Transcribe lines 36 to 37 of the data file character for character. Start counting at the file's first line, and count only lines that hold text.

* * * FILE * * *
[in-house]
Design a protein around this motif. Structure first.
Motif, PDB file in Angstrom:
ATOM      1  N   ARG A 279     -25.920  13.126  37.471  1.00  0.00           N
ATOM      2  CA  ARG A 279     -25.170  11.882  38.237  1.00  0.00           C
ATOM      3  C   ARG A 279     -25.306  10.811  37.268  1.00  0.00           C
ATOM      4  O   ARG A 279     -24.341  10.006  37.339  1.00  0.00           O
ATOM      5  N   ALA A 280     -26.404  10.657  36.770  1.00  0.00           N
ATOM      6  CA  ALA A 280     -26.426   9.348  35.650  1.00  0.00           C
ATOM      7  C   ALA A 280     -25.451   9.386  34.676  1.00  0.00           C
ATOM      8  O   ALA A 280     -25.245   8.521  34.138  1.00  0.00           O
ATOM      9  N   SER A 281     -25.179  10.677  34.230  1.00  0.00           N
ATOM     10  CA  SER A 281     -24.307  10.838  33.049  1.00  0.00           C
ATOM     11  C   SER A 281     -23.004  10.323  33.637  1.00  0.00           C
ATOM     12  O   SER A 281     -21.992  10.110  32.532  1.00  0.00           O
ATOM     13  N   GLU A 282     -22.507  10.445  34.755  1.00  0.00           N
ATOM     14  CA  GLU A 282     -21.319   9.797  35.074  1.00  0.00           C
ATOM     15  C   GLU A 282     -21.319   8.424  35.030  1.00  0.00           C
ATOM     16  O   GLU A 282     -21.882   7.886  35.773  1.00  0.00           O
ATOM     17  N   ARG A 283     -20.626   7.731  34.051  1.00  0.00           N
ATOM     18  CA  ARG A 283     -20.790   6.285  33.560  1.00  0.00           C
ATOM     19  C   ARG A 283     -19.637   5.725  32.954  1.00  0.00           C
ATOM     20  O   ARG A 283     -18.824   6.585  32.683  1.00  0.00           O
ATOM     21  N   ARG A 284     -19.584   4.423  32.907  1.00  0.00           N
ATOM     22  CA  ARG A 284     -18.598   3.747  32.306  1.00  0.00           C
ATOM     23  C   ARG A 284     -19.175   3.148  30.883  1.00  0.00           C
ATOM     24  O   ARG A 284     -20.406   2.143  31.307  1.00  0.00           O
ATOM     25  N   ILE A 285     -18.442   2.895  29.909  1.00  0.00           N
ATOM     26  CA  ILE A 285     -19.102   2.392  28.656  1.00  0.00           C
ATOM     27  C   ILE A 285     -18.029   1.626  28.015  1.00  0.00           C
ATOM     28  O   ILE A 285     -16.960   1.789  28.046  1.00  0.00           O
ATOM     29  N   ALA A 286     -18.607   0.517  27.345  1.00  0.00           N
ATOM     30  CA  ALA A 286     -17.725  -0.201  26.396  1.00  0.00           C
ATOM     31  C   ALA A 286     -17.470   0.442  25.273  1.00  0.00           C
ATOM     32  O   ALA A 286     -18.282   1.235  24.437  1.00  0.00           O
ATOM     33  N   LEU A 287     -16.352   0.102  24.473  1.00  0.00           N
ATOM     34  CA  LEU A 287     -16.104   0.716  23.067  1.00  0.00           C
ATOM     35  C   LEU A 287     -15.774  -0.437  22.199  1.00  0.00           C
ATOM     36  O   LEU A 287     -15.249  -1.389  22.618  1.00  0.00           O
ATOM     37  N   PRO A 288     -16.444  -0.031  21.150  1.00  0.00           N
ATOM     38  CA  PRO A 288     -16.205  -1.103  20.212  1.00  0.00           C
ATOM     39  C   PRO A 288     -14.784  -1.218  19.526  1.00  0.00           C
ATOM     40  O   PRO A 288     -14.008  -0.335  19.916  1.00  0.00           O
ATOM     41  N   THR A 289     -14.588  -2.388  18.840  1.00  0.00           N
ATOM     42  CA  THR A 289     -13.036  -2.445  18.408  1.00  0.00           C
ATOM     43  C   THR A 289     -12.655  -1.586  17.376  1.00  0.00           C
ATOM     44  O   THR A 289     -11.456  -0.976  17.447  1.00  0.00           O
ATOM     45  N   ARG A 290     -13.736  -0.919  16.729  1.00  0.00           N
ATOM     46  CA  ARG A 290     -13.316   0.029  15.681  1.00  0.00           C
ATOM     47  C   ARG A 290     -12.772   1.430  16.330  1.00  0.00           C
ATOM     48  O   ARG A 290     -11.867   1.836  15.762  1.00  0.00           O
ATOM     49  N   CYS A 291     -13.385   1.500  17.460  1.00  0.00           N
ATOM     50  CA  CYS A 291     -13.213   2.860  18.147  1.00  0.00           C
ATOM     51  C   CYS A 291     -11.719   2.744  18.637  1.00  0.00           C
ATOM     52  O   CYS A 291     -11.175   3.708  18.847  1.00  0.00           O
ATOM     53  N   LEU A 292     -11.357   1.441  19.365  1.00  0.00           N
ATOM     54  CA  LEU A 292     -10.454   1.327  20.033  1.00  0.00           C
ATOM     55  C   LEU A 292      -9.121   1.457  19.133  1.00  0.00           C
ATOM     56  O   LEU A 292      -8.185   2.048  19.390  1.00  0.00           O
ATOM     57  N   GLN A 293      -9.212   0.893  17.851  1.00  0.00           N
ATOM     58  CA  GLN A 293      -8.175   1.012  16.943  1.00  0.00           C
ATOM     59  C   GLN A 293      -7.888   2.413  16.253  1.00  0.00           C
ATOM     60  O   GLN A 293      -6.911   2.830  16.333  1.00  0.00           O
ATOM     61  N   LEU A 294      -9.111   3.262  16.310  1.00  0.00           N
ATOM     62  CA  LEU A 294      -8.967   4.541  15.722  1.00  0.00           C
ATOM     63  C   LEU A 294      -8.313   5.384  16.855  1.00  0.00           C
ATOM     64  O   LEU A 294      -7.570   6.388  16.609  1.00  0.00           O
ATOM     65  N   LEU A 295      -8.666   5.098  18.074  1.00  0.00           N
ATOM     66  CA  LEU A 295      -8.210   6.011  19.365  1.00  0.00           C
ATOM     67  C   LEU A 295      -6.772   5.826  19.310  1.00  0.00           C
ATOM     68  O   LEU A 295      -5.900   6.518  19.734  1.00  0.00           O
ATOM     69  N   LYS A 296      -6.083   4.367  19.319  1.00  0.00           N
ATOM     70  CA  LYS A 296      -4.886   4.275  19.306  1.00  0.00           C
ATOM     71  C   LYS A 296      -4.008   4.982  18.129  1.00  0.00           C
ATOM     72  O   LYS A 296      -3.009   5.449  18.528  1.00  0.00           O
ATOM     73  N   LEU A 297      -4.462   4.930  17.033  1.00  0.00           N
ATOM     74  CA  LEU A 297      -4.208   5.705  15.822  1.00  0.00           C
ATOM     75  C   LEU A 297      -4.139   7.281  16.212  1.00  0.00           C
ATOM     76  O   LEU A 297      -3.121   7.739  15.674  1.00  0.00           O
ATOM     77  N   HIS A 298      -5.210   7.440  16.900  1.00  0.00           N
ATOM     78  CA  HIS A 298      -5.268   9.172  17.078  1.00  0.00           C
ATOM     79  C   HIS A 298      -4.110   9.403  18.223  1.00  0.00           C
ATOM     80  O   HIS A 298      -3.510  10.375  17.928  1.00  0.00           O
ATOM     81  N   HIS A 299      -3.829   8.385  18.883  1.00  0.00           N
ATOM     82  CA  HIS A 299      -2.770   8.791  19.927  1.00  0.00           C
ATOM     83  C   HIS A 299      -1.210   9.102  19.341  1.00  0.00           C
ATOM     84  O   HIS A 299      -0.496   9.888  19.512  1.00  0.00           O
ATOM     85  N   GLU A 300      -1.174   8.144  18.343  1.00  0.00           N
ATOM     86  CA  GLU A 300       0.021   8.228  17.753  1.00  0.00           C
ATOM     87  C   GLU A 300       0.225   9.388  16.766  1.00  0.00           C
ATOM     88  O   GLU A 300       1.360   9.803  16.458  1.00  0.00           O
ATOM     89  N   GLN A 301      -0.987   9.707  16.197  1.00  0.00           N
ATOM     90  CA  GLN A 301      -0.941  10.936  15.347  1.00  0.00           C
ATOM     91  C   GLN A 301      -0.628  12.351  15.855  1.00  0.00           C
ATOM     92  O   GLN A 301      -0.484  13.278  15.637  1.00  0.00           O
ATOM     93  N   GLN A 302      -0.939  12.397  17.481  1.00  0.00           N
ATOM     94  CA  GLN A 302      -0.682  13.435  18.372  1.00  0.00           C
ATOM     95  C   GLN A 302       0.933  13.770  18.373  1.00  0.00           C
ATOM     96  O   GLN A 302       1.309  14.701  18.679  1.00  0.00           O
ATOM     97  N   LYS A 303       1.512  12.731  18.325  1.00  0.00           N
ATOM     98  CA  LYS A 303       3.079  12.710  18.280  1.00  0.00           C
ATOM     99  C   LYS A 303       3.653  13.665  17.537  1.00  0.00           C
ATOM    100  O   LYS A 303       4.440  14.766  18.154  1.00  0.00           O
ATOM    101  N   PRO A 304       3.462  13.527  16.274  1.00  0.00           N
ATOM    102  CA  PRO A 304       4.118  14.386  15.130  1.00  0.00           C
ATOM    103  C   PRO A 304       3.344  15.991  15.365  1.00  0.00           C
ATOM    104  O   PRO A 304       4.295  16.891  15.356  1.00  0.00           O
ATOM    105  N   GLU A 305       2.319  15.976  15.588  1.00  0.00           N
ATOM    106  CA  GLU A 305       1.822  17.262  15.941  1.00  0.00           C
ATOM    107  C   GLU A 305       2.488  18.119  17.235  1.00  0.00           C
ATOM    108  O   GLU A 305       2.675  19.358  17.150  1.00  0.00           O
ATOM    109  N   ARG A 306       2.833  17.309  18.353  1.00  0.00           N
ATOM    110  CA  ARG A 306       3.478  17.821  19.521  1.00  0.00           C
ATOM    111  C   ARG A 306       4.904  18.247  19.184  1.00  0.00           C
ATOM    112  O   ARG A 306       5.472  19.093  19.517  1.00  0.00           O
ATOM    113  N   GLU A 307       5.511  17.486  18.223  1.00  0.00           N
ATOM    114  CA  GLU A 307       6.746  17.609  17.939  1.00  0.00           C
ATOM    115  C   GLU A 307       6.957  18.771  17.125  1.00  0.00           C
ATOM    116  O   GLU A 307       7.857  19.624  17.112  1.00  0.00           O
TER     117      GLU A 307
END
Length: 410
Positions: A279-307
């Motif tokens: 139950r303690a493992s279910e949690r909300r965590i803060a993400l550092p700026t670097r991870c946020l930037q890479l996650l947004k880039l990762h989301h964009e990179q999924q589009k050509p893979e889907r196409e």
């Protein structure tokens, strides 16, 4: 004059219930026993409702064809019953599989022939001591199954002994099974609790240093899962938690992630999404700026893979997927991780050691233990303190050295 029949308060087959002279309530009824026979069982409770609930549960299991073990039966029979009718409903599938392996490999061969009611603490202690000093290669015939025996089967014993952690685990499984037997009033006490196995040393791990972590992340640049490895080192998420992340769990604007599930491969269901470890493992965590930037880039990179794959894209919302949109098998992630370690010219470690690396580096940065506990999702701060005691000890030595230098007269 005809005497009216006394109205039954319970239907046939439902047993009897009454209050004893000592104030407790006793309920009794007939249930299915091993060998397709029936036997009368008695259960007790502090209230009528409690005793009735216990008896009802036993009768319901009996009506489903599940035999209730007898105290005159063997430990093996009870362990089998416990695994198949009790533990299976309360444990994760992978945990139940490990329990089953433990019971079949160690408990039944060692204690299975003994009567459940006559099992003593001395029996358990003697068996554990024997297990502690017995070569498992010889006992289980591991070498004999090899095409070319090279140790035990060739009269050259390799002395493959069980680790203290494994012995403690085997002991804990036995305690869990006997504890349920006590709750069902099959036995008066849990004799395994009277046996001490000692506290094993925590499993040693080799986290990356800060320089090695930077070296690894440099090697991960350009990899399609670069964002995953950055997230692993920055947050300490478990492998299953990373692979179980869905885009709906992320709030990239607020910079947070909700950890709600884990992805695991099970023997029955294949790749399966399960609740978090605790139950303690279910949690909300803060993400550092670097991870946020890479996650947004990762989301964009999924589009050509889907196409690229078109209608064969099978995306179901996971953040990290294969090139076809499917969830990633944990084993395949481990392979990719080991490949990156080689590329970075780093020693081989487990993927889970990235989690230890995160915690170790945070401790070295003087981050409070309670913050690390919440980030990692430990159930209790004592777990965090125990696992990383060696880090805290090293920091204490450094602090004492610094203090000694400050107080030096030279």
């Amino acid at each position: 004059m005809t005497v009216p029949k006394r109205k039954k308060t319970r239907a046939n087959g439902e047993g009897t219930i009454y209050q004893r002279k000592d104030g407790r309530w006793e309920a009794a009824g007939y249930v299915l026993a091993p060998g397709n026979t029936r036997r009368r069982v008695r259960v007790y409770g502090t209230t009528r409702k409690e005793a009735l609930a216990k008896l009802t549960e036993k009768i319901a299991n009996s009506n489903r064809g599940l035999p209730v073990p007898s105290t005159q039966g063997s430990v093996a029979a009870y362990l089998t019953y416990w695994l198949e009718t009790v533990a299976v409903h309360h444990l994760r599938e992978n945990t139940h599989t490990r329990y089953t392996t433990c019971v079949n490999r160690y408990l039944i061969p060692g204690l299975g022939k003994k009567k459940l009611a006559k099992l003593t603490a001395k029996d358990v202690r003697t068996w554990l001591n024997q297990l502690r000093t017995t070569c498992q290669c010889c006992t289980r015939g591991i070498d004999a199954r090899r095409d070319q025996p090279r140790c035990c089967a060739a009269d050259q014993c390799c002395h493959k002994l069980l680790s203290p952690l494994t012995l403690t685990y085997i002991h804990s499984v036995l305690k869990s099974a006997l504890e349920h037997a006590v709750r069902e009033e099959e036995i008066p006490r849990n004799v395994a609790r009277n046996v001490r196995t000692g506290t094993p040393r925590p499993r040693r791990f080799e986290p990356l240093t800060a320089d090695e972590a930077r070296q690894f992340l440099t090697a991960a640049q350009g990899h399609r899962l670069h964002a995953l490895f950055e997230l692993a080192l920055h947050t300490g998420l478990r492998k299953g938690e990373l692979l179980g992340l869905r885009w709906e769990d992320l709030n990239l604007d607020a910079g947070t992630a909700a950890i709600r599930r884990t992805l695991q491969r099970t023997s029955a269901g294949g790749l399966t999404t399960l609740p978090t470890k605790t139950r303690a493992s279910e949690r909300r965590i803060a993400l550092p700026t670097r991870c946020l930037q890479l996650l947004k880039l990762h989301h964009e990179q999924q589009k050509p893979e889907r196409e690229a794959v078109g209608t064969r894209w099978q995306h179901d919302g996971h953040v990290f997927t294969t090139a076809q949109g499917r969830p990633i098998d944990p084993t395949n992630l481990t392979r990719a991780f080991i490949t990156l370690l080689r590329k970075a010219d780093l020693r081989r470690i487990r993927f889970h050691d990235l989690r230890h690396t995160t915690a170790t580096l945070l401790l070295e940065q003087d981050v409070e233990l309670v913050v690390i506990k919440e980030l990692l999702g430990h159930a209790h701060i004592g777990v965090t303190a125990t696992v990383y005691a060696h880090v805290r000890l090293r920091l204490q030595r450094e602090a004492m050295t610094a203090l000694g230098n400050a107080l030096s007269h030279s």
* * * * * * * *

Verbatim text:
ATOM     33  N   LEU A 287     -16.352   0.102  24.473  1.00  0.00           N
ATOM     34  CA  LEU A 287     -16.104   0.716  23.067  1.00  0.00           C